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Monday, January 30, 2023

Russian oil is getting mixed in Singapore and then re-exported, sources say

World NewsRussian oil is getting mixed in Singapore and then re-exported, sources say

Demand for oil storage tanks in Singapore is increasing, a sign that Russian fuel is being blended and re-exported globally.

According to a tank operator and an executive at a consultancy that advises traders on the issue, tank space in the city-state has been eliminated due to increased interest and profits by combining supplies of cheap fuel from Russia with shipments from other sources. happening He said this process could help in obfuscating the origin of the cargo.

Singapore has not banned the import of Russian oil or petroleum products, although financial institutions based in the island state are prohibited from financing or dealing with Russian goods and companies. Singapore government agencies referred to past statements on the ban and price cap policy without further comment.

Read this also Vladimir Putin says that Russia is now one of the main suppliers of oil and gas to China.

Still, the handling and trade of Russian fuel remains a sensitive issue in the region, with some buyers not wanting to be seen shopping for cargo.

Flows of Russian crude oil and fuel to Asia and the Middle East have surged since Moscow’s war in Ukraine, with Western buyers turning away in retaliation. Such shipments quickly make their way to blending and redistribution centers in the UAE, such as Singapore and Fujairah, where they can be blended, repackaged and re-exported globally. Is.

This trend of more shipments from Russia to Asia and the growing role of hubs in their redistribution could intensify in the coming weeks as Europe prepares to impose new sanctions on Russian petroleum products on February 5. Oil market participants are keeping a close eye on this. It remains to be seen where Russian fuels such as diesel, naphtha and fuel oil will find a home as many Asian countries are not taking a hard line on sanctions.

Further inquiries

“We have seen an increase in the number of short/spot storage inquiries in the period to December,” said a spokesman for oil storage firm Advario Asia Pacific Pte. said via email. The company verifies the source of products to ensure compliance with Russian sanctions before accepting them, the person added.

A spokesperson for Singapore-based Jurong Port Universal Terminal Pte. declined to comment on specific product movements, but said the company complies with all applicable restrictions. Among other storage firms, Horizon Singapore Terminals Pte. did not respond to questions from Bloomberg, while a spokesman for Royal Vopic NV declined to comment.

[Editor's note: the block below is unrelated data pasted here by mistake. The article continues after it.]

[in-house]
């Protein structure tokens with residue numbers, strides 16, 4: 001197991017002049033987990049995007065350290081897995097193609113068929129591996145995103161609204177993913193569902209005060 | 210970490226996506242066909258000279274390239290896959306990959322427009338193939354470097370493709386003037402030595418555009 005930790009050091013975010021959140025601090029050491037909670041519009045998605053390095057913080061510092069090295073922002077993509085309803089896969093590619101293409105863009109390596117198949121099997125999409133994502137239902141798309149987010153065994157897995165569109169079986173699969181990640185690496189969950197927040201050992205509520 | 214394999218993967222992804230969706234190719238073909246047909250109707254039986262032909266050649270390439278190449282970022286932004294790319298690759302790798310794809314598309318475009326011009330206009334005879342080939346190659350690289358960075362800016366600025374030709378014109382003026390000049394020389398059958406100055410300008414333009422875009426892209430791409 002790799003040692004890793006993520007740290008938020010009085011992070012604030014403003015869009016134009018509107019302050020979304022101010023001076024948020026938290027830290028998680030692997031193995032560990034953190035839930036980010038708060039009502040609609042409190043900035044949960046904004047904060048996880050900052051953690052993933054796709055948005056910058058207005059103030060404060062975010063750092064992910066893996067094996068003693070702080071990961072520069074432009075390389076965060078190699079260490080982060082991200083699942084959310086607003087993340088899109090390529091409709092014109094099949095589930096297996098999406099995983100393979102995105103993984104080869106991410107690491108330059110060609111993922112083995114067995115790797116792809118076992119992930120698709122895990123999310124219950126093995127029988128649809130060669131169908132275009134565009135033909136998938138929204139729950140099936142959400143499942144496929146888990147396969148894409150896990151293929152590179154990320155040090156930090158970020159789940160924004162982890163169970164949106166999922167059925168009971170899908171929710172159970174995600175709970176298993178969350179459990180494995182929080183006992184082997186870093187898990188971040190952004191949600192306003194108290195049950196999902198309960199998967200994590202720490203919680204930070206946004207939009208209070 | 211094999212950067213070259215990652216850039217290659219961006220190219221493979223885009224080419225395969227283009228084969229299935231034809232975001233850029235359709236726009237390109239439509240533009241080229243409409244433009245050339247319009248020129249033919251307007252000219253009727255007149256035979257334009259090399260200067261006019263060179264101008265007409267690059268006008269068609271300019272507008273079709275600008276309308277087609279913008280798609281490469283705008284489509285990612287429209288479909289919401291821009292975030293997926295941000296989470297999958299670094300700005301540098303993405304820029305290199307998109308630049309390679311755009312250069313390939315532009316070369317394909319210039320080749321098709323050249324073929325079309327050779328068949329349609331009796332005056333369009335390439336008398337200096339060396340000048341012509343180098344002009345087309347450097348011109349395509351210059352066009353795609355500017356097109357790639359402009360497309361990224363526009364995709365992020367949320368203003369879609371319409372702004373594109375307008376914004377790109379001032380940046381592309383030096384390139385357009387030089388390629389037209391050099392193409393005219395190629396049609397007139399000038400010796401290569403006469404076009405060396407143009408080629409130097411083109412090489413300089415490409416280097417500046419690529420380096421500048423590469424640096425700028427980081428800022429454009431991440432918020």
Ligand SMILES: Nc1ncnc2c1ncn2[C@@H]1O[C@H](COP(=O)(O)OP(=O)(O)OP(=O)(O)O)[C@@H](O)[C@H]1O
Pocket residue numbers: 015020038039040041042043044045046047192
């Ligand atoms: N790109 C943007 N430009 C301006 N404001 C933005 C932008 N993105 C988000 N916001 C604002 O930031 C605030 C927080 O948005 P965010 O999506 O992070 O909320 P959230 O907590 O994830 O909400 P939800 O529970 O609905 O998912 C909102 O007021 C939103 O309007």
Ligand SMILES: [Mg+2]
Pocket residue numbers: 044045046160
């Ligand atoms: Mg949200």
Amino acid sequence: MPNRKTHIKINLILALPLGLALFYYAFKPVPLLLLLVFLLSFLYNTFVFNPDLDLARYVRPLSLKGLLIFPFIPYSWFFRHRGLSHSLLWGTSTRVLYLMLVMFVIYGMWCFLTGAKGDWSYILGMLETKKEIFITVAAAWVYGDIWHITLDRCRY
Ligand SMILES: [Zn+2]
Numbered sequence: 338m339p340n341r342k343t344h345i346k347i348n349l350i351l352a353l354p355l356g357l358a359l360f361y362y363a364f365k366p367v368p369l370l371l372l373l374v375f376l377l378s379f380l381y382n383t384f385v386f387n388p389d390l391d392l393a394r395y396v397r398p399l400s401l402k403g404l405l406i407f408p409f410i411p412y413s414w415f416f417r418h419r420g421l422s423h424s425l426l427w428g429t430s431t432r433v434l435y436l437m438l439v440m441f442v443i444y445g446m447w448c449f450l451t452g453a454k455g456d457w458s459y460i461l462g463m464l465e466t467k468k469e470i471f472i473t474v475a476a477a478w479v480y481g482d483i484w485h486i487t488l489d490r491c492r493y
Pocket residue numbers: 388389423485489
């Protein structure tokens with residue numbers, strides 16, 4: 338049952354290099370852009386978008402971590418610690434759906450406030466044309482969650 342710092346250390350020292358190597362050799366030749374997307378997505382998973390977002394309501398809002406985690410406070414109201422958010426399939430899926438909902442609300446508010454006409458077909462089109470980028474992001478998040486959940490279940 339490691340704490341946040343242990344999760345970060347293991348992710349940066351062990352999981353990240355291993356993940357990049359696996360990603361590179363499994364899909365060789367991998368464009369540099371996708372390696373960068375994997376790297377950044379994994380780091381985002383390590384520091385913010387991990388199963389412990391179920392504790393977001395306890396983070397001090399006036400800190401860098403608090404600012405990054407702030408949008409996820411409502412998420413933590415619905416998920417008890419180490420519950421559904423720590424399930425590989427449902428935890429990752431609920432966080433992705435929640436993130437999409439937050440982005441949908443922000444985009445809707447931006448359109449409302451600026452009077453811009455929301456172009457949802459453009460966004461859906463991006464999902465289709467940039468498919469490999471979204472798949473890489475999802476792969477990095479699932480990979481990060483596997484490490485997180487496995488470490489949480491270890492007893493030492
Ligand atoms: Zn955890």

Advario, Jurong Port, Horizon and Royal Vopak operate commercial tanks in Singapore. Executives at tank operator firms said six-month leases for Singapore fuel oil, or crude oil storage, rose 17%-20% in cost over the past year.

Vortexa Ltd. Singapore oil receiving terminals took more than double the volume of Russian naphtha and fuel oil in December 2022 than a year earlier, ship tracking data from the The city-state received 2.6 million barrels of naphtha, nearly 40 times the volume taken a year ago.

Arman Ashraf, global head of natural gas liquids at Singapore-based industry consultant FGE, said increased Russian naphtha arriving in Singapore tanks is likely to be re-exported to markets in Northeast Asia. He added that it is likely that hubs such as Singapore and Fujairah will continue to play a role in rebranding these barrels for distribution to their respective regions.

Oil profits

William Tan, senior vice-president at Singapore-based marine fuel consultancy Miyabi Industries, said traders and fuel suppliers are currently stocking up on oil and blending is likely due to “very good” profit margins from such activities. It’s a game.

He said this was due to the very cheap supply of Russian fuel oil and other products such as light cycle oil. This greatly encourages blending of these highly discounted types into compounds that can be resold at a higher price, thus forcing traders and fuel suppliers to seek onshore tanks or offshore floating storage for such plays. Encouragement to do.

According to Tan’s estimates, traders can enjoy about 20% profit by blending Russian ingredients with other grades to make a blended fuel oil product. This trend has continued since October, he added, and is higher than normal returns of between 10% and 12%. Still, there is room for margin expansion if sellers become more reluctant to offload their cargo due to higher trade restrictions.

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